## Working With Weird Wood: Preface

A few years ago, Nancy took a photograph of her junior-high-school best friend JoAnne’s father on a tractor at his northern-Florida homestead and gave it to JoAnne. After he died, JoAnne brought the picture back, along with some of the old fence pickets from the property, and asked if we could use them to frame the picture. After a lot of research, planning, and experimentation, this is what we came up with:

The pickets were thin, dilapidated, warped, and dirty. The few articles I did find were about “barn wood” which, although it had a slightly distressed surface, was still thick and sound with straight, flat, parallel and perpendicular sides – none of which applied here. The articles were not all that helpful and not all that well written. I thought this project could be an opportunity to learn something new, and to share it with you. I hope I took enough notes and pictures to show you exactly how this frame was made. At least that’s the plan.

### But First . . .

From math class, you may remember that one problem-solving strategy is to solve a simpler problem first and then use that answer to help solve the harder problem.  With that in mind, I have an idea to write a series of short articles on working with weird wood to make frames, so that I can draw on that information in the final article about this project.  The first article will be about working with pieces of moulding of different widths in the same frame.  Then I see a discussion of moulding where the inside and outside edges are not parallel.  Maybe then we’ll work with wood with a wavy inside edge.  Following that may be a discussion about what to do when your moulding is curved (but with uniform width).  But even before the first article, I may have to give a short post about matting techniques.  My hope is that by doing all of this it will expand your view of what’s possible and it will stimulate those creative juices of yours.  These articles will probably not be consecutive blog posts; another art festival season has just begun and other things will invariably come up as I am writing these pieces.  So please be patient and stay tuned.  Thank you!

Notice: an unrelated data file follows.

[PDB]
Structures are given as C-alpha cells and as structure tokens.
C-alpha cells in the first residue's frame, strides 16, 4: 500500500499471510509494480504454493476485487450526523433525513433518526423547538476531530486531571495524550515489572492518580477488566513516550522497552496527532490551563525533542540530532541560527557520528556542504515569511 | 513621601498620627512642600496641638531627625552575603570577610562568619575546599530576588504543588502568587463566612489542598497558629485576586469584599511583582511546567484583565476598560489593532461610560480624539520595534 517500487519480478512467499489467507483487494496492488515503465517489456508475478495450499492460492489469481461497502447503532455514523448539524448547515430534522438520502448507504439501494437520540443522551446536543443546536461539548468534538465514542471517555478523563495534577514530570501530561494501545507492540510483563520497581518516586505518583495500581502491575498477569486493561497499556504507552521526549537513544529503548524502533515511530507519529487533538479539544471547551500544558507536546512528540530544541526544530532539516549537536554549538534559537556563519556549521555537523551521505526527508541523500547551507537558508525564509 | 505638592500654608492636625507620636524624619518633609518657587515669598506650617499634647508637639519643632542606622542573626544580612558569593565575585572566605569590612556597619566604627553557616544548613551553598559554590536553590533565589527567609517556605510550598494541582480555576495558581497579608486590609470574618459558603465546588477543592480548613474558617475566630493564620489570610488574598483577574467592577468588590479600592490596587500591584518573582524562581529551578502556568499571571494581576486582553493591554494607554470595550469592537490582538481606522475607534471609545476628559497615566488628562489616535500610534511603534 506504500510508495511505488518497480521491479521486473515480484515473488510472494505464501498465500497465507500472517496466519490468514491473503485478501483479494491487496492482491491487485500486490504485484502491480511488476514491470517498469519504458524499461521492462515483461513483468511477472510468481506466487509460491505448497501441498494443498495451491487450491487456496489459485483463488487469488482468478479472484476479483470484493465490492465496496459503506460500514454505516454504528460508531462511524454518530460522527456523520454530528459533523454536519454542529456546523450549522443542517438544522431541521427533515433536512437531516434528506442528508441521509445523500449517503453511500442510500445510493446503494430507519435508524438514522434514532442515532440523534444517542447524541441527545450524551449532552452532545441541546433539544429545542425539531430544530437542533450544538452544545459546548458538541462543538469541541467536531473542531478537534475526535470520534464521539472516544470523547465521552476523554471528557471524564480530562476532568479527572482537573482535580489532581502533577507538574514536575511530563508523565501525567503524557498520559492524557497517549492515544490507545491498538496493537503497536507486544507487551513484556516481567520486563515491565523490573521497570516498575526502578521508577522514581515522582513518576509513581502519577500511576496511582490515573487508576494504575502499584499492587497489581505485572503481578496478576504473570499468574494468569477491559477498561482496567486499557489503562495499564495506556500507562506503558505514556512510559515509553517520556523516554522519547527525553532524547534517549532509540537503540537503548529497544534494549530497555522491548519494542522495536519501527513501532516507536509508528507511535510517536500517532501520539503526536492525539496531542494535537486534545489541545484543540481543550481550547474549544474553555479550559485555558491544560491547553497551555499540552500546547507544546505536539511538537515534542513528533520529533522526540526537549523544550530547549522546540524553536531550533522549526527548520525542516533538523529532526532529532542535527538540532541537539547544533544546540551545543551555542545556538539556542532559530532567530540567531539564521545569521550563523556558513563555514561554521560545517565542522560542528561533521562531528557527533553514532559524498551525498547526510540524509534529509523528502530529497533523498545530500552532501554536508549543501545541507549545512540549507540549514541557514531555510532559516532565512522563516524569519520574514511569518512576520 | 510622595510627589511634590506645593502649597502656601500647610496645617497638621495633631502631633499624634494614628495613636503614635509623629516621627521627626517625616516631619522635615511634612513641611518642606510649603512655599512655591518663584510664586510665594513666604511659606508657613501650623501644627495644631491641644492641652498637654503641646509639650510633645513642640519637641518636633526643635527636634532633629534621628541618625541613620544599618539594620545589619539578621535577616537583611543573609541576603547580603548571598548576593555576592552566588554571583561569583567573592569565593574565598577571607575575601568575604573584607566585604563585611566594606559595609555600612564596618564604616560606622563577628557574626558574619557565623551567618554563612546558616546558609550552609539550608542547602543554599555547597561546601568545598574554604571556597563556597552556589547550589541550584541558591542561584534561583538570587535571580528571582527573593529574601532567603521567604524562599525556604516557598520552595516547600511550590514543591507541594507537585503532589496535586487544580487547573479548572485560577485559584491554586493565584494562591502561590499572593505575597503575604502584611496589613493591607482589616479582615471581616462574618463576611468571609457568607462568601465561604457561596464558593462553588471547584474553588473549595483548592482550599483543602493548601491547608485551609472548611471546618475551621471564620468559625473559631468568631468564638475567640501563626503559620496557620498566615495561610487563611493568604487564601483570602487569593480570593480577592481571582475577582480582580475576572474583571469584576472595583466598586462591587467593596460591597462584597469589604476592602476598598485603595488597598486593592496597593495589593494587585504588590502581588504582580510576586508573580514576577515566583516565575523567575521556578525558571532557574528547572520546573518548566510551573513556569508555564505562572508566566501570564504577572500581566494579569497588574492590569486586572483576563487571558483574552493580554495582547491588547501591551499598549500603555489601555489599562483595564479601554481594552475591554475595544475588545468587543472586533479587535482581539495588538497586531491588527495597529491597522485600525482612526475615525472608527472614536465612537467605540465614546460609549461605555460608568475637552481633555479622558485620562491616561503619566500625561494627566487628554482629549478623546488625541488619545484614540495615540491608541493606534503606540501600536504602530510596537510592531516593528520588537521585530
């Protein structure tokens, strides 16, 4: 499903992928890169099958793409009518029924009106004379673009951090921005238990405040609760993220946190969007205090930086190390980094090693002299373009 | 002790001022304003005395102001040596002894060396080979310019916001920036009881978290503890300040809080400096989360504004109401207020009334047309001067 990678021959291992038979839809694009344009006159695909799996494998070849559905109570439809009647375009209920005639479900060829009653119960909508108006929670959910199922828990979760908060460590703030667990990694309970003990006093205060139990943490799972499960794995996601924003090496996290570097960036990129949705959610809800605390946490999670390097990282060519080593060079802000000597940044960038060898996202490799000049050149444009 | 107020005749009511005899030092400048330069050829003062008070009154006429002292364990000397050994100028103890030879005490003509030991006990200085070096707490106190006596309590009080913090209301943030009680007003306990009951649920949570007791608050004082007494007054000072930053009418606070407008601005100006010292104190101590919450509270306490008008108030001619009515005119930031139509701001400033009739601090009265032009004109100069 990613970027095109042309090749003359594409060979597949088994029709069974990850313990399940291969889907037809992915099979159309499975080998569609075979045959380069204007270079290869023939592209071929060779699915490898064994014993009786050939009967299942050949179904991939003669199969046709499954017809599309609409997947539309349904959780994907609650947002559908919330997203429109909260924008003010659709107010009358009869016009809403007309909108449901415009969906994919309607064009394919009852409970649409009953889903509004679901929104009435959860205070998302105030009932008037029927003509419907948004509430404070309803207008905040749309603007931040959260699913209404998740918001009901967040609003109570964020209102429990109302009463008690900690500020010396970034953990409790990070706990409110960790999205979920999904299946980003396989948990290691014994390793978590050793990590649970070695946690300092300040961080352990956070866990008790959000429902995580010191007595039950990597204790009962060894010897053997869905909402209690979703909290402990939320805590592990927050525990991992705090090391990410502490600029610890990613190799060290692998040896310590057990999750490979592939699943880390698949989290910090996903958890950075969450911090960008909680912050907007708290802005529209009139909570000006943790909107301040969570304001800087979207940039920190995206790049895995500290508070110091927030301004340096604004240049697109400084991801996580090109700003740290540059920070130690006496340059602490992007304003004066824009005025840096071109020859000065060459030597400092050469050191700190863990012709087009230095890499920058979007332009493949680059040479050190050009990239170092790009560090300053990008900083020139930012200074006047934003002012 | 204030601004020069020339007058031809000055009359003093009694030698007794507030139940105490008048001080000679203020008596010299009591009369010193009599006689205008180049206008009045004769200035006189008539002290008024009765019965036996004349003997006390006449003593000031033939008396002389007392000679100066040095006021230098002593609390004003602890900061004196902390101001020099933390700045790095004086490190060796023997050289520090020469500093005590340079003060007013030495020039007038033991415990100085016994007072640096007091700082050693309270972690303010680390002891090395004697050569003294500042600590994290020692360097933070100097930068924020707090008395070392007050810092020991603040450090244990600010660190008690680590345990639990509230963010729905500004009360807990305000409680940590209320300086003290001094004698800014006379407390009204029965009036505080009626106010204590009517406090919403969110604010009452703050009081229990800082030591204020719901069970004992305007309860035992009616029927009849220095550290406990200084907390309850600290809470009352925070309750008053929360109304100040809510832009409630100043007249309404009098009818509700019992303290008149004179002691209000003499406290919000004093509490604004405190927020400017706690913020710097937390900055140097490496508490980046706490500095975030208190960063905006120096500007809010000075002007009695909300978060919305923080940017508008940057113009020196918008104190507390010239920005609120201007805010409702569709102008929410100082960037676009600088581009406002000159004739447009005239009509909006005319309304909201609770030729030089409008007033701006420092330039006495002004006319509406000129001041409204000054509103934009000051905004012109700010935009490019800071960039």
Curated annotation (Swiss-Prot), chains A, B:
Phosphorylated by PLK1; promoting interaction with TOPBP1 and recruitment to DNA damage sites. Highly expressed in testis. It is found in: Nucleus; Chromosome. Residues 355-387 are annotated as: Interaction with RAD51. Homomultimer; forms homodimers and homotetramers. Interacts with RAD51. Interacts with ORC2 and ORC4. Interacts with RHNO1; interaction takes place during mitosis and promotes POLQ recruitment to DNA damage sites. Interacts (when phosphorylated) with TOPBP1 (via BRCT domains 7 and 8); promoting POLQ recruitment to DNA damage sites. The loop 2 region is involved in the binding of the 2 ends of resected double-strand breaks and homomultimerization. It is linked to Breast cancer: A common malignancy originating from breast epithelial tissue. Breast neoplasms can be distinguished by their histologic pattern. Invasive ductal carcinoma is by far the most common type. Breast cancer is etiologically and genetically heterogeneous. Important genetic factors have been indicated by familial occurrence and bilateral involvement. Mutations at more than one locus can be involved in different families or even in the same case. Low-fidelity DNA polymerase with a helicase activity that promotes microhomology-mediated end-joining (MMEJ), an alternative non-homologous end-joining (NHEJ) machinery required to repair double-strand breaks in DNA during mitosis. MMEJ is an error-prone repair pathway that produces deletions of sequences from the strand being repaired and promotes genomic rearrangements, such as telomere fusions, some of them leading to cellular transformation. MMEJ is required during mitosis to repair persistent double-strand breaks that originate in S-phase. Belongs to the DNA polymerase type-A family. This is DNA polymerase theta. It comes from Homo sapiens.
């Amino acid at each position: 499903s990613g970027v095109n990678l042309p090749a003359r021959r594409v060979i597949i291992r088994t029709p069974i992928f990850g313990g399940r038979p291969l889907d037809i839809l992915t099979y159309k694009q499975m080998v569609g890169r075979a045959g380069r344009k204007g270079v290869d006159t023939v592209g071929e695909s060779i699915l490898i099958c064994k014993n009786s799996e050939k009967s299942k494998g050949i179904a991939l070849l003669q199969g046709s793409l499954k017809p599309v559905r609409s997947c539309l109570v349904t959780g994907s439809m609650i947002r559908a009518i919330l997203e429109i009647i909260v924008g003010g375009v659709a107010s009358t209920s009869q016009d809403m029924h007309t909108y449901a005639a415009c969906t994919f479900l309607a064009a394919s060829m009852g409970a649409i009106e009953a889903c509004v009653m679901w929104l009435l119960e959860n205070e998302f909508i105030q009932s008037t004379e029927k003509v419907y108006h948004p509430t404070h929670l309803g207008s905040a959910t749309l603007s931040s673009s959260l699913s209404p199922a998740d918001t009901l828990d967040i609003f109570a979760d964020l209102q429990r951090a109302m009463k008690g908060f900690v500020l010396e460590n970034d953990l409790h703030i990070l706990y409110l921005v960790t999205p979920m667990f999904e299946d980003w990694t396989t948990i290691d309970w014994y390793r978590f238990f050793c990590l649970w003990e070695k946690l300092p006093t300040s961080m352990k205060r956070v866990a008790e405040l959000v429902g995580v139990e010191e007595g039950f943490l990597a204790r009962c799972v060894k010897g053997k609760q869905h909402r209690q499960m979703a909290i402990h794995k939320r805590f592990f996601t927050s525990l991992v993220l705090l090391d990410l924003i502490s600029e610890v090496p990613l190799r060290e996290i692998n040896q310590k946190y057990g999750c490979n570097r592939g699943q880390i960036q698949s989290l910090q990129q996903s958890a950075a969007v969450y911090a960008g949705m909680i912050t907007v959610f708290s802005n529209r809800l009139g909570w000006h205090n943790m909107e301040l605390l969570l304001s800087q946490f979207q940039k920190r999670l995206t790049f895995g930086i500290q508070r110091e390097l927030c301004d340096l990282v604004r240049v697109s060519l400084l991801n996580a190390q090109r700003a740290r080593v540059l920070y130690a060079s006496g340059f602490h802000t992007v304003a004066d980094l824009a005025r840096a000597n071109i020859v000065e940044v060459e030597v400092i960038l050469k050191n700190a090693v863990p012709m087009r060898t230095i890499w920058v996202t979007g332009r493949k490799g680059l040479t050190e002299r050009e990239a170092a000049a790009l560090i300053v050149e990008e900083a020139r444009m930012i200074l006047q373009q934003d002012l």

## How We Digitally Stretch Our Gallery Wrap Edges Before Printing

As we discussed on the Services page of our website, we digitally “stretch” our image before wrapping it around the edge of our gallery-wrapped canvas images. Here’s how we do that:

Our gallery wraps are either 3/4” thick or 11/2“. On the thin ones, I usually take the 1/4” strip along the edges and stretch it to 1″, thus having an extra 1/4” to wrap around to the back side to cover for variations in the printing and stretching processes. On the larger ones, I take 1/2” and stretch it to 2″ (thus leaving 1/2” on the back). I wouldn’t stretch the image more than four times its original size, but you could go less. To do that, you would effectively be taking a wider margin to wrap around the side.

As an example, if I want a 12” x 18” image stretched around a 11/2” frame, I would crop the image to 13” x 19”. Then, after putting guides 1/2” in from each edge and another guide right on each edge, I would increase the canvas size 3” in both dimensions to get 16” x 22” with the image centered.

1. Click Image ⇨ Canvas Size…
2. Put a check in the Relative Box
3. Make Width and Height 3 Inches
4. Make sure Anchor dot is in center of the grid
5. Hit OK

I would then use a scale transform to digitally stretch the outermost 1/2” to 2” wide, filling the canvas.

1. Make sure Snap is checked in the View Menu
2. Use Rectangular Marquee tool to select the 1/2” strip between the guides along one of the edges
3. Click Edit ⇨ Transform ⇨ Scale
4. Place the mouse cursor over the little square in the middle of the outer edge of the selected area and drag to the edge of the canvas
5. Hit the check mark to finish the transform
6. Repeat Steps 2 through 5 with the 1/2” strips along the other three edges